Keynote Title: Systems for AI, and AI for Systems

Paul Lukowicz (DFKI and TU Kaiserslautern)

Prof. Dr. Paul Lukowicz is Full Professor of AI at the Technical University of Kaiserslautern in Germany where he heads the Embedded Intelligence group at DFKI. His research focusses on context aware ubiquitous and wearable systems including sensing, pattern recognition, system architectures, models of large scale self organized systems, and applications. Paul Lukowicz coordinates the HumanE AI project, acts as editor for various scientific publcations, and has served on the TPCs (including TPC Chair) of all the main conferences within his research area.

Jochen Cremer (TU Delft)

Dr. Jochen Cremer is the Co-Director of the TU Delft AI Energy Lab and an Assistant Professor at the Faculty of Electrical Engineering, Mathematics, and Computer Science. He is also Research Associate at Imperial College London. Jochen’s research focuses on applying machine learning and data analytics to energy systems operation and control. The TU Delft AI Energy lab team develops new computational methods for system operation and control that combine statistical machine learning and mathematical optimisation.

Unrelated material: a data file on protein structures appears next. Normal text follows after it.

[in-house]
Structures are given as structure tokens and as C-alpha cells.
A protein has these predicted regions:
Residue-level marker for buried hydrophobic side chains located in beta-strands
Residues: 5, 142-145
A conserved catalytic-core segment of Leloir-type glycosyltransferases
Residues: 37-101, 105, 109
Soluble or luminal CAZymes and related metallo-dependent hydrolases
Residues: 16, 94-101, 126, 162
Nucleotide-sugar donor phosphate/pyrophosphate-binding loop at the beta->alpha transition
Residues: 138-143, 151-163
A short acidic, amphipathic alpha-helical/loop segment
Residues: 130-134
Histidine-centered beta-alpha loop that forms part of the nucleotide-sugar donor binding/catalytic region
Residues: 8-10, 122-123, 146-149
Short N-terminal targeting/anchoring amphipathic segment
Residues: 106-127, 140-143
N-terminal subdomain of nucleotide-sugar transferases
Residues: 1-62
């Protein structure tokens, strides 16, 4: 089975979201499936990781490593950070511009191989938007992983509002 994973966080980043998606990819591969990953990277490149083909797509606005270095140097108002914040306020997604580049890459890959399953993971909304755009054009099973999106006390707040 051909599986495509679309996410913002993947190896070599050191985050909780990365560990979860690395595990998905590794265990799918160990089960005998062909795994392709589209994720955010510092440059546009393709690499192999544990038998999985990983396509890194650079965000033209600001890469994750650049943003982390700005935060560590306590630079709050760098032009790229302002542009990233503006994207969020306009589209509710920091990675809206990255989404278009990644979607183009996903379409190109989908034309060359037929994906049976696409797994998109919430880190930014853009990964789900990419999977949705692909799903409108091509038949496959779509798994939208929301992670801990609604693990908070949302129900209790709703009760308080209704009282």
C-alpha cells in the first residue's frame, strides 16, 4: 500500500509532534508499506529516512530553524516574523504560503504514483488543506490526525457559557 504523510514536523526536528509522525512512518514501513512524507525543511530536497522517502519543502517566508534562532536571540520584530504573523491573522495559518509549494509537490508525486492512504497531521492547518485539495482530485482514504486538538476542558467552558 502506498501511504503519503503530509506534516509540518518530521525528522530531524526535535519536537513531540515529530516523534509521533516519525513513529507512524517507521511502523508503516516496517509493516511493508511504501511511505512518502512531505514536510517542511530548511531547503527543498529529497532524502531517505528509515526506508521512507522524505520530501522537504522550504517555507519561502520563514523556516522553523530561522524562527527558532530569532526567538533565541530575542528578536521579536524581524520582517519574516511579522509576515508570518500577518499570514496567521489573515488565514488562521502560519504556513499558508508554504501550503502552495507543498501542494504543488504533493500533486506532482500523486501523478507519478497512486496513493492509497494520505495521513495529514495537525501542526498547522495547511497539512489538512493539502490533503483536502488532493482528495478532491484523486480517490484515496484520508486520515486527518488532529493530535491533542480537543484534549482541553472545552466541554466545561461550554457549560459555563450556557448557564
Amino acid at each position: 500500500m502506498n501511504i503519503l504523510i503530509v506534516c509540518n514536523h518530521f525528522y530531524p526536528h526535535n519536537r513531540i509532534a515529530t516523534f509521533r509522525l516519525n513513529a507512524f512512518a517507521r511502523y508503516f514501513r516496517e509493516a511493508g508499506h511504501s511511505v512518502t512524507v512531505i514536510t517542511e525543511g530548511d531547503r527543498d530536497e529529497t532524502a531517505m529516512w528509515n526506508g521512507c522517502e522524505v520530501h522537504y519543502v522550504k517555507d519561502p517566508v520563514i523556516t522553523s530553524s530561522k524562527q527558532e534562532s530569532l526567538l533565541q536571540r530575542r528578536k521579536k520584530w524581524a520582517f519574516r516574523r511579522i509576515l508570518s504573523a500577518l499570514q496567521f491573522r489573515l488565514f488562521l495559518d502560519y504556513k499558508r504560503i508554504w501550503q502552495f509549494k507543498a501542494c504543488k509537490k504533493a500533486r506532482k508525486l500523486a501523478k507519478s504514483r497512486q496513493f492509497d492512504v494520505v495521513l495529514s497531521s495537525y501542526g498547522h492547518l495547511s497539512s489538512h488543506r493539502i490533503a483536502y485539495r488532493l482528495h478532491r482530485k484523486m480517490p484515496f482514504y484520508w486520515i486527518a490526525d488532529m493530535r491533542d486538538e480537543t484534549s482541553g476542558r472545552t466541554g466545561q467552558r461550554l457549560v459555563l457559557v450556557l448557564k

Keynote Title: AI for Distributed Energy Systems

Abstract: The energy transition has to happen imminently towards net-zero. There, the distributed paradigm toward more flexible operation of the electricity system may find its new foundation in the active real-time self-management of the many distributed energy resources. There, interestingly, the recent progress of developing AI-based algorithms for distributed self-organized agents part of the system can consider some system stability constraints, and manage network congestion through their energy market participation. However, reinforced AI-based control may lack verifiable guarantees, transparency, and privacy, and can have inherent inaccuracies. In response, the system operators finally responsible for the reliable operation of the grid need advanced state estimation techniques using collected measurements so they can prevent instabilities. Processing these collected measurements is unfortunately not straightforward as the amount of data is increasing exponentially which is why advanced data processing techniques are currently in development. There, also for system operators, AI-based algorithms are very promising in the estimation of system states, the detection of active devices without intrusion, and the forecasts of some state variables such as demand or distributed renewable power injection. In this context, this keynote address will put forward a vision for developing tools for the energy transition with AI methods such as multi-agent reinforcement learning and deep learning.